34. Gurwitsch, A. (1977/1979). Die mitmenschlichen Begegnungen in der Milieuwelt. Berlin, Walter de Gruyter. Engl. Transl. by Fred Kersten (1979) Human Encounters in the Social World. Pittsburgh: Duquesne University Press.Google Scholar
  35. Hendriks-Jansen, H. (1997). The epistemology of autism: Making a case for an embodied, dynamic and historical explanation. Cybernetics and Systems, 28, 359–415.CrossRefGoogle Scholar
  36. Hobson, R. P. (2002). The cradle of thought. London: Macmillan.Google Scholar
  37. Hutto, D. D. (2004). The limits of spectatorial folk psychology. Mind and Language, 19(5), 548–573.CrossRefGoogle Scholar
  38. Issartel, J., Marin, L., & Cadopi, M. (2007). Unintended interpersonal coordination: “Can we march to the beat of our own drum?”. Neuroscience Letters, 411, 174–179.CrossRefGoogle Scholar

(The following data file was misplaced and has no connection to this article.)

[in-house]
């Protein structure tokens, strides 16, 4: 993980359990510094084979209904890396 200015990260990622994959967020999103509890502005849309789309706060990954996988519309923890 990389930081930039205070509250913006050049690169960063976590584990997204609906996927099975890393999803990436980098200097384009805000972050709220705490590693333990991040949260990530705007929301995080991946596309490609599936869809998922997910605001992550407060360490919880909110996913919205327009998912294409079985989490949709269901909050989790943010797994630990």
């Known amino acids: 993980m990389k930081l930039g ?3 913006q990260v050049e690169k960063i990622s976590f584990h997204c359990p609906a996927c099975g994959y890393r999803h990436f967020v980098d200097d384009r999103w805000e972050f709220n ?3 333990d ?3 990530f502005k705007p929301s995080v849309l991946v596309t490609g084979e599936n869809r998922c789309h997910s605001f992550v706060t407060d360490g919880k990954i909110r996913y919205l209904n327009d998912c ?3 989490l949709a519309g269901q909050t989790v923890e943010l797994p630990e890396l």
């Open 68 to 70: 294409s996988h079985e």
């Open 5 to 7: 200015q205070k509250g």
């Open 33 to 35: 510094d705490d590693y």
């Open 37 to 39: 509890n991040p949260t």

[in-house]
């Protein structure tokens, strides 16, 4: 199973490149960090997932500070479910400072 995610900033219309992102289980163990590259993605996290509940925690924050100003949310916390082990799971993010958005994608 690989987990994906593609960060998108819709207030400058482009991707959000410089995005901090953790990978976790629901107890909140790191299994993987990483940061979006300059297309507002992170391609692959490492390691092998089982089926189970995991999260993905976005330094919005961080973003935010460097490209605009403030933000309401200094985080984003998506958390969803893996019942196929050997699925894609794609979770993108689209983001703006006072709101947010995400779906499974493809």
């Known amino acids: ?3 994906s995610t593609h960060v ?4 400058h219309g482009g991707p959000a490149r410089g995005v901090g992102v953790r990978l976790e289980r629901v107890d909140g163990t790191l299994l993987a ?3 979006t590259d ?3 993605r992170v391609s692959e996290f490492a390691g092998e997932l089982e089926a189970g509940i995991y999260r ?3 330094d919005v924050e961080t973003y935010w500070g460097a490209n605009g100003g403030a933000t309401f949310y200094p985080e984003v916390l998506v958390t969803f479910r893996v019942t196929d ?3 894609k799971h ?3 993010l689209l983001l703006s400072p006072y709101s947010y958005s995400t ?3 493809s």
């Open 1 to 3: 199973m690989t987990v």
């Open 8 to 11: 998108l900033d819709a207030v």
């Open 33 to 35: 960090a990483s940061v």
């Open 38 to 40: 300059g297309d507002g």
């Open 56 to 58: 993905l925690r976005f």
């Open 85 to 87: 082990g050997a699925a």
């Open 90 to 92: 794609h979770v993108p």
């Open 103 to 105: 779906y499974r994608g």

39. Jasnow, M., & Feldstein, S. (1986). Adult-like temporal characteristics of mother-infant vocal interactions. Child Development, 57, 754–761.CrossRefGoogle Scholar
  40. Kendon, A. (1990). Conducting interaction: Patterns of behavior in focused encounters. Cambridge: Cambridge University Press.Google Scholar
  41. Kistemaker, D. A., Faber, H., et al. (2009). Catching fly balls: A simulation study of the Chapman strategy. Human Movement Science, 28, 236–249.CrossRefGoogle Scholar
  42. Leder, D. (1990). The absent body. Chicago: University of Chicago Press.Google Scholar
  43. Lindblom, J., & Ziemke, T. (2008). Interacting socially through embodied action. In F. Morganti, A. Carassa & G. Riva (Eds.), Enacting intersubjectivity: A cognitive and social perspective to the study of interactions. Amsterdam: IOS Press.Google Scholar